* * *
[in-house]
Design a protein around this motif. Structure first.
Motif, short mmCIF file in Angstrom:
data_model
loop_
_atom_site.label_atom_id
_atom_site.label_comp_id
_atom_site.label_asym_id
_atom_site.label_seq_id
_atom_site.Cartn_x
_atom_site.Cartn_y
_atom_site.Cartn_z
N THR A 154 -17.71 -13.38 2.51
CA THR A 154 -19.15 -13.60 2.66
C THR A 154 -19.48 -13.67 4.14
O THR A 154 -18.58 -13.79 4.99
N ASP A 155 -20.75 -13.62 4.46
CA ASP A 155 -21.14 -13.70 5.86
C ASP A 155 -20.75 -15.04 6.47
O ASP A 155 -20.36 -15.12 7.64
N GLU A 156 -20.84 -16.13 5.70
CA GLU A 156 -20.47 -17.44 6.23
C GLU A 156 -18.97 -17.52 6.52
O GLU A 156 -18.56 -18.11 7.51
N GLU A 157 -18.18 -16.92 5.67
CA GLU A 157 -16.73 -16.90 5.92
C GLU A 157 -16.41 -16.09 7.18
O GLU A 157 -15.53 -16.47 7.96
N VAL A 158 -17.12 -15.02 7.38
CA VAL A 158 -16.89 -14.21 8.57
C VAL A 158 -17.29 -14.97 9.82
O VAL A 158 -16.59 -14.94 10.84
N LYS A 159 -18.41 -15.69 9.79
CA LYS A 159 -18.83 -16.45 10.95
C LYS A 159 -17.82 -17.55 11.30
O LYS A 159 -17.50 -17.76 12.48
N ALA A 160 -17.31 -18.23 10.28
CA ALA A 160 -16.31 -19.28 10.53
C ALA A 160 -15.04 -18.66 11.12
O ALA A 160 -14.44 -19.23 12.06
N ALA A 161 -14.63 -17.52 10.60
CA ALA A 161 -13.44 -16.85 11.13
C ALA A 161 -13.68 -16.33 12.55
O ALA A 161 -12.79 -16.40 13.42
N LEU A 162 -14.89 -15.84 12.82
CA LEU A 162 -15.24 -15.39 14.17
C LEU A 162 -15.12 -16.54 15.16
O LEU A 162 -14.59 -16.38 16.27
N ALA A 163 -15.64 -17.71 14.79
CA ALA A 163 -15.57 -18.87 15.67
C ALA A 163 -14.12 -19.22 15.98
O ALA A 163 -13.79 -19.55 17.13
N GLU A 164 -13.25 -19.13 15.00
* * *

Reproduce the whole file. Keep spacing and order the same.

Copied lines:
[in-house]
Design a protein around this motif. Structure first.
Motif, short mmCIF file in Angstrom:
data_model
loop_
_atom_site.label_atom_id
_atom_site.label_comp_id
_atom_site.label_asym_id
_atom_site.label_seq_id
_atom_site.Cartn_x
_atom_site.Cartn_y
_atom_site.Cartn_z
N THR A 154 -17.71 -13.38 2.51
CA THR A 154 -19.15 -13.60 2.66
C THR A 154 -19.48 -13.67 4.14
O THR A 154 -18.58 -13.79 4.99
N ASP A 155 -20.75 -13.62 4.46
CA ASP A 155 -21.14 -13.70 5.86
C ASP A 155 -20.75 -15.04 6.47
O ASP A 155 -20.36 -15.12 7.64
N GLU A 156 -20.84 -16.13 5.70
CA GLU A 156 -20.47 -17.44 6.23
C GLU A 156 -18.97 -17.52 6.52
O GLU A 156 -18.56 -18.11 7.51
N GLU A 157 -18.18 -16.92 5.67
CA GLU A 157 -16.73 -16.90 5.92
C GLU A 157 -16.41 -16.09 7.18
O GLU A 157 -15.53 -16.47 7.96
N VAL A 158 -17.12 -15.02 7.38
CA VAL A 158 -16.89 -14.21 8.57
C VAL A 158 -17.29 -14.97 9.82
O VAL A 158 -16.59 -14.94 10.84
N LYS A 159 -18.41 -15.69 9.79
CA LYS A 159 -18.83 -16.45 10.95
C LYS A 159 -17.82 -17.55 11.30
O LYS A 159 -17.50 -17.76 12.48
N ALA A 160 -17.31 -18.23 10.28
CA ALA A 160 -16.31 -19.28 10.53
C ALA A 160 -15.04 -18.66 11.12
O ALA A 160 -14.44 -19.23 12.06
N ALA A 161 -14.63 -17.52 10.60
CA ALA A 161 -13.44 -16.85 11.13
C ALA A 161 -13.68 -16.33 12.55
O ALA A 161 -12.79 -16.40 13.42
N LEU A 162 -14.89 -15.84 12.82
CA LEU A 162 -15.24 -15.39 14.17
C LEU A 162 -15.12 -16.54 15.16
O LEU A 162 -14.59 -16.38 16.27
N ALA A 163 -15.64 -17.71 14.79
CA ALA A 163 -15.57 -18.87 15.67
C ALA A 163 -14.12 -19.22 15.98
O ALA A 163 -13.79 -19.55 17.13
N GLU A 164 -13.25 -19.13 15.00